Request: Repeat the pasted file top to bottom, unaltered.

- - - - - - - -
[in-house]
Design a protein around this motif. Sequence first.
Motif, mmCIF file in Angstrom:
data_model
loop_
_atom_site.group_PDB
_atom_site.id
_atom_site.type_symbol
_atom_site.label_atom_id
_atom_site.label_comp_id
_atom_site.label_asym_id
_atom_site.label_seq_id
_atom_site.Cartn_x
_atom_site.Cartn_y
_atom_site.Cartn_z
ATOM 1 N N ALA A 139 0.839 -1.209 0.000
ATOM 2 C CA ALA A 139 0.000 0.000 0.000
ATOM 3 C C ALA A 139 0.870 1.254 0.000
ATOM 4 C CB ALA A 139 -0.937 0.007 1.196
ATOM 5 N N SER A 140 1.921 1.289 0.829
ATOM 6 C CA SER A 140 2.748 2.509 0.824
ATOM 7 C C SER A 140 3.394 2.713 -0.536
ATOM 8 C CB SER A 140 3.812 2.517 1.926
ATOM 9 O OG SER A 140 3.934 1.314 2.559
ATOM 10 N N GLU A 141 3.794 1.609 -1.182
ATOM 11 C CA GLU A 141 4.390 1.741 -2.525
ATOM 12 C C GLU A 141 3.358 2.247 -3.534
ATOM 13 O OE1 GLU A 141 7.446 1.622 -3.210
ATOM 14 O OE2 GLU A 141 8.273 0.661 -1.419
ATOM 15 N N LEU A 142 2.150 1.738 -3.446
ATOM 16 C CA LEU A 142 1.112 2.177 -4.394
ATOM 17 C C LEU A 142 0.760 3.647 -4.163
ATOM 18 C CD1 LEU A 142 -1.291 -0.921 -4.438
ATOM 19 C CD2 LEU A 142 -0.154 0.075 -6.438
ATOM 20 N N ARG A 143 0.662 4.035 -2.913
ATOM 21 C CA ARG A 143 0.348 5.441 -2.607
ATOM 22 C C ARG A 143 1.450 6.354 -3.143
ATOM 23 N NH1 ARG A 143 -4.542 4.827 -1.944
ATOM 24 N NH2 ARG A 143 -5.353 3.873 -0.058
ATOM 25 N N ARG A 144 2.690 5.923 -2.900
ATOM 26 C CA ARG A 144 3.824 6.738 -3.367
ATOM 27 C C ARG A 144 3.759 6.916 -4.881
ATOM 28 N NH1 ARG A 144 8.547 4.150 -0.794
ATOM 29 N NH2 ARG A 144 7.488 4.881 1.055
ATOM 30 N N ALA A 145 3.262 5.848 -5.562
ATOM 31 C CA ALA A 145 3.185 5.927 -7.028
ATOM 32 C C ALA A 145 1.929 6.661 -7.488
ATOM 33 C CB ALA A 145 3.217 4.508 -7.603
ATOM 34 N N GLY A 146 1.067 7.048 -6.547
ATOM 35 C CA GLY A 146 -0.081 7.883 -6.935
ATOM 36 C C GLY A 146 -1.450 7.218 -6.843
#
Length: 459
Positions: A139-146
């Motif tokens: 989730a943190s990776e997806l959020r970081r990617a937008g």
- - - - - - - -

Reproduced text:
[in-house]
Design a protein around this motif. Sequence first.
Motif, mmCIF file in Angstrom:
data_model
loop_
_atom_site.group_PDB
_atom_site.id
_atom_site.type_symbol
_atom_site.label_atom_id
_atom_site.label_comp_id
_atom_site.label_asym_id
_atom_site.label_seq_id
_atom_site.Cartn_x
_atom_site.Cartn_y
_atom_site.Cartn_z
ATOM 1 N N ALA A 139 0.839 -1.209 0.000
ATOM 2 C CA ALA A 139 0.000 0.000 0.000
ATOM 3 C C ALA A 139 0.870 1.254 0.000
ATOM 4 C CB ALA A 139 -0.937 0.007 1.196
ATOM 5 N N SER A 140 1.921 1.289 0.829
ATOM 6 C CA SER A 140 2.748 2.509 0.824
ATOM 7 C C SER A 140 3.394 2.713 -0.536
ATOM 8 C CB SER A 140 3.812 2.517 1.926
ATOM 9 O OG SER A 140 3.934 1.314 2.559
ATOM 10 N N GLU A 141 3.794 1.609 -1.182
ATOM 11 C CA GLU A 141 4.390 1.741 -2.525
ATOM 12 C C GLU A 141 3.358 2.247 -3.534
ATOM 13 O OE1 GLU A 141 7.446 1.622 -3.210
ATOM 14 O OE2 GLU A 141 8.273 0.661 -1.419
ATOM 15 N N LEU A 142 2.150 1.738 -3.446
ATOM 16 C CA LEU A 142 1.112 2.177 -4.394
ATOM 17 C C LEU A 142 0.760 3.647 -4.163
ATOM 18 C CD1 LEU A 142 -1.291 -0.921 -4.438
ATOM 19 C CD2 LEU A 142 -0.154 0.075 -6.438
ATOM 20 N N ARG A 143 0.662 4.035 -2.913
ATOM 21 C CA ARG A 143 0.348 5.441 -2.607
ATOM 22 C C ARG A 143 1.450 6.354 -3.143
ATOM 23 N NH1 ARG A 143 -4.542 4.827 -1.944
ATOM 24 N NH2 ARG A 143 -5.353 3.873 -0.058
ATOM 25 N N ARG A 144 2.690 5.923 -2.900
ATOM 26 C CA ARG A 144 3.824 6.738 -3.367
ATOM 27 C C ARG A 144 3.759 6.916 -4.881
ATOM 28 N NH1 ARG A 144 8.547 4.150 -0.794
ATOM 29 N NH2 ARG A 144 7.488 4.881 1.055
ATOM 30 N N ALA A 145 3.262 5.848 -5.562
ATOM 31 C CA ALA A 145 3.185 5.927 -7.028
ATOM 32 C C ALA A 145 1.929 6.661 -7.488
ATOM 33 C CB ALA A 145 3.217 4.508 -7.603
ATOM 34 N N GLY A 146 1.067 7.048 -6.547
ATOM 35 C CA GLY A 146 -0.081 7.883 -6.935
ATOM 36 C C GLY A 146 -1.450 7.218 -6.843
#
Length: 459
Positions: A139-146
């Motif tokens: 989730a943190s990776e997806l959020r970081r990617a937008g």